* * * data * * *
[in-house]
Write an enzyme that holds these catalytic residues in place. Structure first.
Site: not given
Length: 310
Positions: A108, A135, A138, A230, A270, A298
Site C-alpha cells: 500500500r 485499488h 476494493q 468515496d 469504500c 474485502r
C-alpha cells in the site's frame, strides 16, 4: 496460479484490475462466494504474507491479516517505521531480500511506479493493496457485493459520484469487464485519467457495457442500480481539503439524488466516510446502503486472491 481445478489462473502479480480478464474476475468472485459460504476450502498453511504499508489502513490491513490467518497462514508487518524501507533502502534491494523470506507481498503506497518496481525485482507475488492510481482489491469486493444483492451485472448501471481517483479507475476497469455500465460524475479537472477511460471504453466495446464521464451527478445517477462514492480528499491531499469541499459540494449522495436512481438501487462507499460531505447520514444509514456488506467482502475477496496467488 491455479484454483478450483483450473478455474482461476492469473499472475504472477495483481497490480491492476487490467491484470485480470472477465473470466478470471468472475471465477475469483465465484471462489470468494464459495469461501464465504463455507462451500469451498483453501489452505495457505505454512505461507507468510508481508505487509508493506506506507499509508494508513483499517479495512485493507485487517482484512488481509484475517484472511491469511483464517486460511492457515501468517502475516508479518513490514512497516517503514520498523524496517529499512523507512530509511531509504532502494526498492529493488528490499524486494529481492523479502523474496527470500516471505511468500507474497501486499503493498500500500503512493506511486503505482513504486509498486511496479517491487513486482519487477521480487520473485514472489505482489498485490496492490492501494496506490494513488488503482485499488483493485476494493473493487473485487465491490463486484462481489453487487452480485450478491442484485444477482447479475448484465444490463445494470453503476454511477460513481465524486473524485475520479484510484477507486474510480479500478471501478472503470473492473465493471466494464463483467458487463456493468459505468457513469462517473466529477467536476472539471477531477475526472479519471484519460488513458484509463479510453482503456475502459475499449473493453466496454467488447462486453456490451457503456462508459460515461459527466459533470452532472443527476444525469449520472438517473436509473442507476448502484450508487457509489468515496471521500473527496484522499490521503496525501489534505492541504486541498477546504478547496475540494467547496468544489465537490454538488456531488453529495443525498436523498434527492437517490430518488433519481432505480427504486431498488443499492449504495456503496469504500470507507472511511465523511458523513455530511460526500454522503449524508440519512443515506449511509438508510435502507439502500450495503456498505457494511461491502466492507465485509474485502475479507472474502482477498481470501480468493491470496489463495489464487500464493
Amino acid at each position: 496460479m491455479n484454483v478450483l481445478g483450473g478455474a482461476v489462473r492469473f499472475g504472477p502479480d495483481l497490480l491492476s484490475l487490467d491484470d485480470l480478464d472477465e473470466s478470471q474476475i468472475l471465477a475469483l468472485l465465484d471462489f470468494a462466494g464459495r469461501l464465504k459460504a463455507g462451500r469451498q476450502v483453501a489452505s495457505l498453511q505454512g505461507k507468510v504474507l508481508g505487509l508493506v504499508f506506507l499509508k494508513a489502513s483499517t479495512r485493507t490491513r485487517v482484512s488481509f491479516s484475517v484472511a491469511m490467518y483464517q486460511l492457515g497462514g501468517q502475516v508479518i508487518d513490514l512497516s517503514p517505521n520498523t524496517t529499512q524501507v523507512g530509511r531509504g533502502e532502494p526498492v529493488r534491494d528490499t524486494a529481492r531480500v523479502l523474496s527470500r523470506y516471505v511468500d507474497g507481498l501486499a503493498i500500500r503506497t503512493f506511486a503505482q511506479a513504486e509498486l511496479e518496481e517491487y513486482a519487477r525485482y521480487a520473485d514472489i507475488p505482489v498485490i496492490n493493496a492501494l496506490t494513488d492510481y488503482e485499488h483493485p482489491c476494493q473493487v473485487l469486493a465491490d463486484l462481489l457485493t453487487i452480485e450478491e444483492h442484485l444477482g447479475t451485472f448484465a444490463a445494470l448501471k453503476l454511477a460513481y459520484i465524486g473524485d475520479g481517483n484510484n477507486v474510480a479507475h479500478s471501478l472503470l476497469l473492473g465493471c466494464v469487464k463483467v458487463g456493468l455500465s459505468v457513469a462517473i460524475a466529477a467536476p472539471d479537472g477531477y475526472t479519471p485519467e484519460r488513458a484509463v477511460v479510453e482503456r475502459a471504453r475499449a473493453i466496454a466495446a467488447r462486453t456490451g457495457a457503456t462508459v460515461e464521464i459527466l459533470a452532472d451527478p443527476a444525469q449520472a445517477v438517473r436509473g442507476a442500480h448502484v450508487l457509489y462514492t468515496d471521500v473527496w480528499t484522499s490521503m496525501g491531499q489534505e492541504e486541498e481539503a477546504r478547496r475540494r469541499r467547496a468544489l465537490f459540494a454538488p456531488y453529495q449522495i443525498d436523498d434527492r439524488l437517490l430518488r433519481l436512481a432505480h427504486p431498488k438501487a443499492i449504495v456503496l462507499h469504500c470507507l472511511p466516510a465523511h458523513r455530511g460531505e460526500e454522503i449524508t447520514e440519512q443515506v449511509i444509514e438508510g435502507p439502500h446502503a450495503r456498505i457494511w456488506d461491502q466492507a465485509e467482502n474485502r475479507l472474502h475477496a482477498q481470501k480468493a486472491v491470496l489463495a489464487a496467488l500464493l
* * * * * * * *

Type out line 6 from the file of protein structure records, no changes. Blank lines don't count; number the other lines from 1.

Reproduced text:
Site C-alpha cells: 500500500r 485499488h 476494493q 468515496d 469504500c 474485502r